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Ken Rosenthal is Old Skool

Ken Rosenthal defends the selection of Justin Morneau as MVP, and appears to be trying to get in as many old school/anti-stathead cliched chestnuts in his column as possible.

These include:

The whole thing is completely subjective and debatable, which drives statistical analysts crazy, but makes baseball fun.

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Was he as purely valuable as Mauer and Jeter, middle-of-the-diamond defenders who ranked 1-2 in the A.L. in batting average? Probably not. But then why did most of the Twins endorse Morneau? Simple: They believed that his importance to the team transcended his numbers -- which, by the way, were pretty darned impressive.

There's something to that, no matter how many times analysts cite VORP and runs created and all the other newfangled statistics that point to Mauer or Jeter as more deserving MVPs. For those who must know, the Indians' Travis Hafner led the AL in runs created per game last season. Terrific. He also was a designated hitter who appeared in only 129 games for a team that finished fourth in a five-team division. Runs created per game doesn't tell you that, does it?

For the 1,653rd time, the award is not for best stats, not for best hitter, not for player of the year; it's for MVP, however that is defined by voters in a given year. The choice of Phillies first baseman Ryan Howard over Cardinals first baseman Albert Pujols as NL MVP, while less controversial than the AL outcome, also reflected a willingness by voters not to simply paint by numbers.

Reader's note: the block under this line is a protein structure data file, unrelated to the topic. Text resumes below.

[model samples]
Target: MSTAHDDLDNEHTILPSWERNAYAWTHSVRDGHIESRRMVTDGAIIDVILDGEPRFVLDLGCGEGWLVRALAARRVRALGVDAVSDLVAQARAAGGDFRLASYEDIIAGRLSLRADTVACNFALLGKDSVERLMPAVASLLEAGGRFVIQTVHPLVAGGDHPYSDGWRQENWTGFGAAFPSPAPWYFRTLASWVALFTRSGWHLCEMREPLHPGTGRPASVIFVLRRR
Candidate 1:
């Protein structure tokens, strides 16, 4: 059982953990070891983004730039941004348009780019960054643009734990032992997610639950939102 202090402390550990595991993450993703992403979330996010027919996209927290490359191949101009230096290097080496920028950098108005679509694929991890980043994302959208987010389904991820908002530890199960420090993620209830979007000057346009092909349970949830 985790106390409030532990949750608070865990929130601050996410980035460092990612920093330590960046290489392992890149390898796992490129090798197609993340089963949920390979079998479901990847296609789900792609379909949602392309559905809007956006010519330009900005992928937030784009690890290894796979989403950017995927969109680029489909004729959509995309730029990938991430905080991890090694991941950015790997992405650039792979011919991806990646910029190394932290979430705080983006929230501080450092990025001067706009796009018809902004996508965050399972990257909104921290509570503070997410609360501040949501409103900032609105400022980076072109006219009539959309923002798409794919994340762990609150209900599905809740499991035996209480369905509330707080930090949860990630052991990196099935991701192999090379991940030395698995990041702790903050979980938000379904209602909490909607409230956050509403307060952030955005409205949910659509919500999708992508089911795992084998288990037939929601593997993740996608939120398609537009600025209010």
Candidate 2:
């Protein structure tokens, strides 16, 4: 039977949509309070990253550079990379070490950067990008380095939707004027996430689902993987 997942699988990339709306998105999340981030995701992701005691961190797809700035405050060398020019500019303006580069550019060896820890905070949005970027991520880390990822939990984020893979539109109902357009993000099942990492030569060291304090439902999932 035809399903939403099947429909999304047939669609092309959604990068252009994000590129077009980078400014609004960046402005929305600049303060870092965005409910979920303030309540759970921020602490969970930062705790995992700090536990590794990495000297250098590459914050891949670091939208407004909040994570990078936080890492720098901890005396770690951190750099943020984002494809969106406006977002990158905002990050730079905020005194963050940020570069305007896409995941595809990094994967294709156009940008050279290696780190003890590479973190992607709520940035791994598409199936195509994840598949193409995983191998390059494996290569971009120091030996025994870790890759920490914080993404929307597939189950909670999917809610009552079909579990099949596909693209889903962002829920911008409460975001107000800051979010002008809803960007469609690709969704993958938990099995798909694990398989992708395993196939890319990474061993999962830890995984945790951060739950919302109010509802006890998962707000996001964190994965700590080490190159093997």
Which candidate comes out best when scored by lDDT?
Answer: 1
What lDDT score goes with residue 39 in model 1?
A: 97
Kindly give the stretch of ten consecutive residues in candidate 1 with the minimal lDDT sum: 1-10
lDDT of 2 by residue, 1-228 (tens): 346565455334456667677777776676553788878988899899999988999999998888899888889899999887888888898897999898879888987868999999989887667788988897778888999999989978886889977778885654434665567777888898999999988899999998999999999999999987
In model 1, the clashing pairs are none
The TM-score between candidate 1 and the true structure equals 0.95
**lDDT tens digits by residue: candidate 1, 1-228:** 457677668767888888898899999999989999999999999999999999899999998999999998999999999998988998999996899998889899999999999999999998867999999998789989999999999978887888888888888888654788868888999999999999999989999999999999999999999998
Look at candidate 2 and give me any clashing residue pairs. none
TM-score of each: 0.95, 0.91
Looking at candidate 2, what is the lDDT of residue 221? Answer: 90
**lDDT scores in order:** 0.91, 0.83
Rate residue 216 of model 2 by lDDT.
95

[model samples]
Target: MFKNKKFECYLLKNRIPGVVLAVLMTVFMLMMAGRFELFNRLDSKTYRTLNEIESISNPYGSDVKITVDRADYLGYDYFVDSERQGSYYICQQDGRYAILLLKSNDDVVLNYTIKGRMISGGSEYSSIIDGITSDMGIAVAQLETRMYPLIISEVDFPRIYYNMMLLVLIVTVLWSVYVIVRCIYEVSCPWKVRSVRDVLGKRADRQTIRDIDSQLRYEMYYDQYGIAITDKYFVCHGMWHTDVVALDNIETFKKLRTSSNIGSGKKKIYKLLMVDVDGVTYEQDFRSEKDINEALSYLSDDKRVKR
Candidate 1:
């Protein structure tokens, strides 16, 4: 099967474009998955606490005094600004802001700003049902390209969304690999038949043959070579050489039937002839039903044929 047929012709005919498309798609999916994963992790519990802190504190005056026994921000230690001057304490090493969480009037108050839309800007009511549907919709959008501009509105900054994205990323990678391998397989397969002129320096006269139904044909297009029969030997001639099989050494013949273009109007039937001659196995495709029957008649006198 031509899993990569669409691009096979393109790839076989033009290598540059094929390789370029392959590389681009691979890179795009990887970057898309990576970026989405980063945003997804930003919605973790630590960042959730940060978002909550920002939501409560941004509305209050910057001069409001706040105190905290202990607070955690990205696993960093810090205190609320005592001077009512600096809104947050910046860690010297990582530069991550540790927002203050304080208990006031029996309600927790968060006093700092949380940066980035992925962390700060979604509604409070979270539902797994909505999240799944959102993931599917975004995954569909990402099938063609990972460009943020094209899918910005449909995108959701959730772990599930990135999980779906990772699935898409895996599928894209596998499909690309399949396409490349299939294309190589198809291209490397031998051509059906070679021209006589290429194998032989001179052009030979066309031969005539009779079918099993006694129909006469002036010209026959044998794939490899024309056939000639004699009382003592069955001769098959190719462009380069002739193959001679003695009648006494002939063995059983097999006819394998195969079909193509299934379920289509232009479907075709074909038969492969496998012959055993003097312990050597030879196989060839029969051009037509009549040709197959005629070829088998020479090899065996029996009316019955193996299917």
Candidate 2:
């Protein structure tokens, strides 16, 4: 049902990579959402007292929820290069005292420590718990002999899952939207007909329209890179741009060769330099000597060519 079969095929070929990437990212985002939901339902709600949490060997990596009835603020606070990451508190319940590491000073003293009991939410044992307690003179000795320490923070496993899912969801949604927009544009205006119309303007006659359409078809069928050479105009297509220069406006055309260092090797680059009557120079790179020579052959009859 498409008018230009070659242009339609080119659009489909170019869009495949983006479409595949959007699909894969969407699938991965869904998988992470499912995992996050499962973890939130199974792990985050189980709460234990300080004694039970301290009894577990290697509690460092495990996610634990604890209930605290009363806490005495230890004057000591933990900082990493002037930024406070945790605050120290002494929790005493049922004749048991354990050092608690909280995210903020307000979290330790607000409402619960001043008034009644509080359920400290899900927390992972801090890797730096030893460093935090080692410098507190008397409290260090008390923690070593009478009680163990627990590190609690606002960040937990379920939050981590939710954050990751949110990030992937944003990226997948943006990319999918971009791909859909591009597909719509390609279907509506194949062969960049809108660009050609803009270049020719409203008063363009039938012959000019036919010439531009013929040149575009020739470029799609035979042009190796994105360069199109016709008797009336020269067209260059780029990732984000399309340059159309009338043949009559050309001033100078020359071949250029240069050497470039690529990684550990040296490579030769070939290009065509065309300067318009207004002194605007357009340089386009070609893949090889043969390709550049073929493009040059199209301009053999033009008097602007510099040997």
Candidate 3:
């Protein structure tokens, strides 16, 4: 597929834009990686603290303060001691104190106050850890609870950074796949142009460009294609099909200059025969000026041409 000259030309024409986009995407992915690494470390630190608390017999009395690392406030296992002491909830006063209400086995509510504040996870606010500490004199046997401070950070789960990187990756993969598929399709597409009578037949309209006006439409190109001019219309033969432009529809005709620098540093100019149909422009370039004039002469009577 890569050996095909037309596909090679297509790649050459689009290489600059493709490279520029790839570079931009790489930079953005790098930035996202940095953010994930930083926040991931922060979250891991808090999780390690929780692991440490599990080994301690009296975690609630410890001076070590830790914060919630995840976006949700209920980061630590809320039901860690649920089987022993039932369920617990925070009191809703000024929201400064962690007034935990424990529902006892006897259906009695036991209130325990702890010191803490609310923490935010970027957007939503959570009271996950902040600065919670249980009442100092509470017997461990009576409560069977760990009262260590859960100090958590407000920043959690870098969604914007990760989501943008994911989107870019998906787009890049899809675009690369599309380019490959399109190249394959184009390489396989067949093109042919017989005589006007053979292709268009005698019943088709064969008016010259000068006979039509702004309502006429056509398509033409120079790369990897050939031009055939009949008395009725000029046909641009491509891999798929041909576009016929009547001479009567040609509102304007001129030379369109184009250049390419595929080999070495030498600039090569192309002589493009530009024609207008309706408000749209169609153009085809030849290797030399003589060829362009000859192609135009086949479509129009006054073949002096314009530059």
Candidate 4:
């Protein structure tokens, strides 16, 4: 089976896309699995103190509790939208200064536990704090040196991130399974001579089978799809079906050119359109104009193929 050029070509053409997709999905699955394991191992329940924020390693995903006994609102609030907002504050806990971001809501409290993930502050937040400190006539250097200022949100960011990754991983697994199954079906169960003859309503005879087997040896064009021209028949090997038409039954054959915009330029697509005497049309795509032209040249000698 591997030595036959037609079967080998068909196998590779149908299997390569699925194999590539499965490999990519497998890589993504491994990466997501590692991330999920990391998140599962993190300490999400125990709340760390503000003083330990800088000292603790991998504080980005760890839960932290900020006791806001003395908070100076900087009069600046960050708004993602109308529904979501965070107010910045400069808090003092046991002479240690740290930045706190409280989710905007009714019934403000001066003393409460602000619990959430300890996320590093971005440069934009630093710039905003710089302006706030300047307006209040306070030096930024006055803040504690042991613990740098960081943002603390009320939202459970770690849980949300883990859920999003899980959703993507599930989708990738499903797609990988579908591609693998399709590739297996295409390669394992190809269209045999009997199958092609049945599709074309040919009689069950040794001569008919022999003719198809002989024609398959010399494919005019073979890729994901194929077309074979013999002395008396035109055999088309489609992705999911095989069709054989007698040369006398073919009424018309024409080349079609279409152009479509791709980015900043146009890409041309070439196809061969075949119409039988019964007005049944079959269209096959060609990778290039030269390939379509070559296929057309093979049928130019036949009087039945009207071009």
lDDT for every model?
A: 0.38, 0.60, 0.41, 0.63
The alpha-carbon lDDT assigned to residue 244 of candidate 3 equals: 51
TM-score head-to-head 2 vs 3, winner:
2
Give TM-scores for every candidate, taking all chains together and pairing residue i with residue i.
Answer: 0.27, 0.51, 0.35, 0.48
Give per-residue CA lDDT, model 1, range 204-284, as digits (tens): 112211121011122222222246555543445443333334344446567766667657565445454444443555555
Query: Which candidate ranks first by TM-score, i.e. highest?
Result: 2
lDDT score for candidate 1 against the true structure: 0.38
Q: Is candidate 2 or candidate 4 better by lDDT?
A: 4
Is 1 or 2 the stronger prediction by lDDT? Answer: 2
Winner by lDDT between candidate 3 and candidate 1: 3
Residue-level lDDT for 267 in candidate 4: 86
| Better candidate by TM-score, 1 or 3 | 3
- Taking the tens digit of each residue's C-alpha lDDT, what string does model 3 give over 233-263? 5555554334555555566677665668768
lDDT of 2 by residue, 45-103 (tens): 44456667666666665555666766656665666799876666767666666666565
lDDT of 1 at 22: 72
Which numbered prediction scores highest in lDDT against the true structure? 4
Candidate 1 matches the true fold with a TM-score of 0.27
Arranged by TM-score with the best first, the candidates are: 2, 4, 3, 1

Howard led the NL in home runs and RBIs, but Pujols was stronger in virtually every other statistical category, not to mention a far superior defender. Again, late-season performance made a difference: Howard almost single-handedly lifted the Phillies into contention after they traded right fielder Bobby Abreu. Not even his post-Aug. 1 stats adequately reflected the impact of his surge, but Phillies fans certainly understood its importance -- and I'm guessing that many Cardinals fans did, too.

As for the AL, it's downright amusing to hear statistical analysts rally to the defense of Jeter, a player they've trashed for years, screeching that his defense was overrated. That's true to an extent, but for heaven's sake, watch the games. Jeter's value is almost immeasurable. Never was that more apparent than this season, when Alex Rodriguez was a basket case and Gary Sheffield and Hideki Matsui were injured and Jeter was the rock of the Yankees, day after day.

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Whatever your opinion, you're entitled to it. one column, we get, "watch the games," "he transcended his numbers," "the award is not for best stats," pointing out that some new-fangled stat doesn't tell you something or other, saying that what makes baseball fun is something statheads don't like, and the "everyone is titled to their opinion" nonsense.

Dayn Perry calls Morneau's selection "criminal," saying Morneau was only the fourth-most-valuable player on his own team, and Keith Law express similar sentiments.